Integration of Huawei technology in forthcoming 5G networks will enable China to deploy ubiquitous surveillance and control over America and the broader West, warned Gordon Chang, Daily Bast columnist and author of The Coming Collapse of China, in a Monday interview on SiriusXM’s Breitbart News Daily with host Alex Marlow.
China’s plan to be a 5G front-runner is facing a potential setback as the country’s fight against the spread of the coronavirus has led to delays in installing base stations that enable coverage of the next-generation network.
The Beijing subsidiary of China Mobile said it has postponed installations of base stations due to the outbreak, according to a local report by Chinese newspaper Economic Observer on Tuesday.
China’s Huawei, a global giant in telecoms network equipment, is the center of an international political storm as the United States seeks to convince countries to ban the company from their mobile networks. Washington says its technology could allow “back doors” for Chinese spying – an allegation denied by Huawei and Beijing.
France is in the early stages of rolling out its next-generation wireless technology, and the government’s stance over Huawei’s possible role still lacks clarity, according to some telecoms industry trade bodies. Some French media outlets have reported in recent months that the company could face restrictions in several cities.
Chinese networking equipment maker ZTE and network operator China Telecom facilitated China’s first remote diagnosis of the deadly coronavirus using a 5G network. For context, coronavirus has reportedly infected at least 2,700 people and caused at least 80 deaths in the country since the outbreak was first reported in late December.
ZTE supplied, installed, and optimized both outdoor and indoor 5G networking and other communications equipment for the West China Hospital of Sichuan University.
The security risks inherent in Chinese-made 5G networking equipment are easy to understand. Because the companies that make the equipment are subservient to the Chinese government, they could be forced to include backdoors in the hardware or software to give Beijing remote access. Eavesdropping is also a risk, although efforts to listen in would almost certainly be detectable. More insidious is the possibility that Beijing could use its access to degrade or disrupt communications services in the event of a larger geopolitical conflict. Since the internet, especially the “internet of things,” is expected to rely heavily on 5G infrastructure, potential Chinese infiltration is a serious national security threat.
The U.K. announced Tuesday that it will allow Chinese tech firm Huawei to continue to help build the country’s 5G wireless network despite heavy pressure from the Trump administration to bar the company on national security grounds. Huawei’s ties to the Chinese government have caused concern among American lawmakers who see the company as ultimately controlled by Beijing, making it a potential state security threat. Despite classifying the company a “high-risk vendor,” the British government said it would go ahead using Huawei equipment, but with some restrictions. The company’s products will not be allowed to be used in the network’s core, the most sensitive portion of the telecommunications grid. It will also limit the use of Huawei equipment in the network’s periphery to 35 percent of the system. The Chinese products will also be barred from use near sensitive sites, such as military bases and nuclear sites.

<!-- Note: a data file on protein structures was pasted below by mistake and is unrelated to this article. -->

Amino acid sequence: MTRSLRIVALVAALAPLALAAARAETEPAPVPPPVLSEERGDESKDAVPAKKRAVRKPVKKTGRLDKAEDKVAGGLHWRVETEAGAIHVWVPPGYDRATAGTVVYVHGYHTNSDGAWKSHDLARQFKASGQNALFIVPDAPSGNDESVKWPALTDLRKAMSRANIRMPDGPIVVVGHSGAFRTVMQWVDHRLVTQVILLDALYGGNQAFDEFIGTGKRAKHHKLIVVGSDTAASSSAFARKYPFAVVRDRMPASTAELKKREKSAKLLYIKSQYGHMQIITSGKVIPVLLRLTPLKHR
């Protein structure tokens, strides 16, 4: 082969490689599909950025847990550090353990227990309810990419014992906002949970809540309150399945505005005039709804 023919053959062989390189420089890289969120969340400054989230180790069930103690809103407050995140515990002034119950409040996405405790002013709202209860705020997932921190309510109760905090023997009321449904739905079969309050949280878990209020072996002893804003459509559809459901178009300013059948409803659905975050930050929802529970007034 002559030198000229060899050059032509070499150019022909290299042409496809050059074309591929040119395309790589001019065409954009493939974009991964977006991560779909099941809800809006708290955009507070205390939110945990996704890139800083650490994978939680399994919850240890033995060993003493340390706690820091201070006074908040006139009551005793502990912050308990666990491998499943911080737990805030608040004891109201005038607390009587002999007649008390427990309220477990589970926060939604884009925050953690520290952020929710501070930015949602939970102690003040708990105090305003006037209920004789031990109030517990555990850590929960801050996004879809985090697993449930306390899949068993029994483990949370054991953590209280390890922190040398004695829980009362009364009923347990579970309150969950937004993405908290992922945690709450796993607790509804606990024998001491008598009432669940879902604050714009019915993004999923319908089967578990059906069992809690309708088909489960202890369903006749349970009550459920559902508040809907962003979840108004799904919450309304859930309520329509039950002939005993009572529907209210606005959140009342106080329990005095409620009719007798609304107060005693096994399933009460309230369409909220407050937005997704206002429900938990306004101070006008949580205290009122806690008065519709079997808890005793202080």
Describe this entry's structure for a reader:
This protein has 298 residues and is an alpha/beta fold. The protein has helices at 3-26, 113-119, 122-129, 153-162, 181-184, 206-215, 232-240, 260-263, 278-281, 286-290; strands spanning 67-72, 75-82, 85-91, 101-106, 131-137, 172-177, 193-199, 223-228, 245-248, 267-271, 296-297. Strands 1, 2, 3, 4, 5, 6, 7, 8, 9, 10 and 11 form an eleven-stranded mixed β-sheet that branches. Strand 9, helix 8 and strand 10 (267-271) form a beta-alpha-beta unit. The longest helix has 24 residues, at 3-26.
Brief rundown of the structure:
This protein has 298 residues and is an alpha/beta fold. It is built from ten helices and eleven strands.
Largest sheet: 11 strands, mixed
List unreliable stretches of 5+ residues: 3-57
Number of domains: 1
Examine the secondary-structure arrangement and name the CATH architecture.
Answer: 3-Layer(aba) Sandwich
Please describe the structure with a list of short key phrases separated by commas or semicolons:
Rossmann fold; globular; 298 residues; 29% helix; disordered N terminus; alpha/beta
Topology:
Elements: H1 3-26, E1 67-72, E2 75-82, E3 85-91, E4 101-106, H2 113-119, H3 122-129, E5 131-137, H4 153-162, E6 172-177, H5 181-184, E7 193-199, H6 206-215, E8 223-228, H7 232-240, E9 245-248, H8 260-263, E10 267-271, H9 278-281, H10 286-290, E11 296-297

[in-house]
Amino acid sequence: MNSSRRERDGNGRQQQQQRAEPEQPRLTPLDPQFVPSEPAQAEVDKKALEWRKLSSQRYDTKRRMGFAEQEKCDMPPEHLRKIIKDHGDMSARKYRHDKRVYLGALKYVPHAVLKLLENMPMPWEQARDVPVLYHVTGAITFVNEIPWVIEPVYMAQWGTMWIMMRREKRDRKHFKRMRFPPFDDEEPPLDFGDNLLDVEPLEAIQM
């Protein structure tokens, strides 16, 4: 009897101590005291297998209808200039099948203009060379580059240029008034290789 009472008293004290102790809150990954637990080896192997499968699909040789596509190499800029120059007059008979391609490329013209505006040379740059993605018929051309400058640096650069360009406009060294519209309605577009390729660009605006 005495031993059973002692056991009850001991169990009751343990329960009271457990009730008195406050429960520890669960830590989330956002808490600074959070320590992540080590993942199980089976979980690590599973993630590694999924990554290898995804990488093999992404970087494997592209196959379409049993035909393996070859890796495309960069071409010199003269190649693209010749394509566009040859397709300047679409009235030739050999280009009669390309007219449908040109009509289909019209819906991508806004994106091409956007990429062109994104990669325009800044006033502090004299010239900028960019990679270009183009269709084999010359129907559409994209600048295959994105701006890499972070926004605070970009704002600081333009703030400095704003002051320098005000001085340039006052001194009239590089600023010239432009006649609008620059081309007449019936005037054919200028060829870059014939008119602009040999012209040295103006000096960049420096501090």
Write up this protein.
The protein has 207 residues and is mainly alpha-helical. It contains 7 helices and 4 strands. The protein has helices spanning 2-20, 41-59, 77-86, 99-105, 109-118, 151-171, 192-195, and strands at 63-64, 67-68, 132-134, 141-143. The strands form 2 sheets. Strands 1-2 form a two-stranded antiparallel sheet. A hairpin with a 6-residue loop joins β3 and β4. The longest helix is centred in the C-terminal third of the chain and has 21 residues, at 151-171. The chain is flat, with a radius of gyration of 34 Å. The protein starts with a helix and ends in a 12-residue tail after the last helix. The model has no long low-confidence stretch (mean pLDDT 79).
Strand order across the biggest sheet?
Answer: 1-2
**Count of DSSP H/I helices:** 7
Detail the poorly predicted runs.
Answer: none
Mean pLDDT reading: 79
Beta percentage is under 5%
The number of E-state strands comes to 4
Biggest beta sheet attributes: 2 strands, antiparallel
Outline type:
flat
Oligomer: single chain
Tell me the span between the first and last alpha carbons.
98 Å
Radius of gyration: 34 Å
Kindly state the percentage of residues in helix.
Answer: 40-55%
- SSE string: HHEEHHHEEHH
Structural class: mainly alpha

The rollout of fifth-generation cellular networks around the world will likely be a defining geopolitical dilemma of 2020. But American and European consumers could easily mistake 5G for just another marketing ploy for early adopters—to the detriment of democracies worldwide.
When the number in the corner of our smartphone screens changed from 3G to 4G, few of us even noticed. Ditto when LTE, another step in the evolution of cellular networks, appeared as an alternative to 4G. Still, for the better part of the past two years, wireless carriers on both sides of the Atlantic have been hyping 5G—which, they promise, will offer data speeds of up to 100 times faster than current connections. Tech futurists say fifth-generation networks will support a plethora of internet-connected sensors, vehicles, appliances, and other devices that will perform functions yet unimagined.
China’s 5G dominance could lead to a ‘dangerous’ internet split with the US, Donald Trump’s FCC chief warns
China’s prominence in next-generation 5G wireless technology not only threatens US security but could lead to a “dangerous” US-China internet split, the chairman of the US Federal Communications Commission has said.
“You don’t need to look hard to find evidence that the Chinese government is willing and able to use its growing influence in global commerce to advance its own interest,” Ajit Pai said at the Council on Foreign Relations (CFR) in New York on Tuesday.
Echoing a growing US concern, he said he worries “that the end result [of China’s technological advances] is essentially to create two different internets”, with a version built by the Chinese government being heavily censored.
By Yun Li / CNBC
“They are going at it with a lot of intensity,” Qualcomm CEO Steve Mollenkopf said. “What’s different this time around is the speed to which the Chinese are deploying relative to the leadership maybe established in other places.”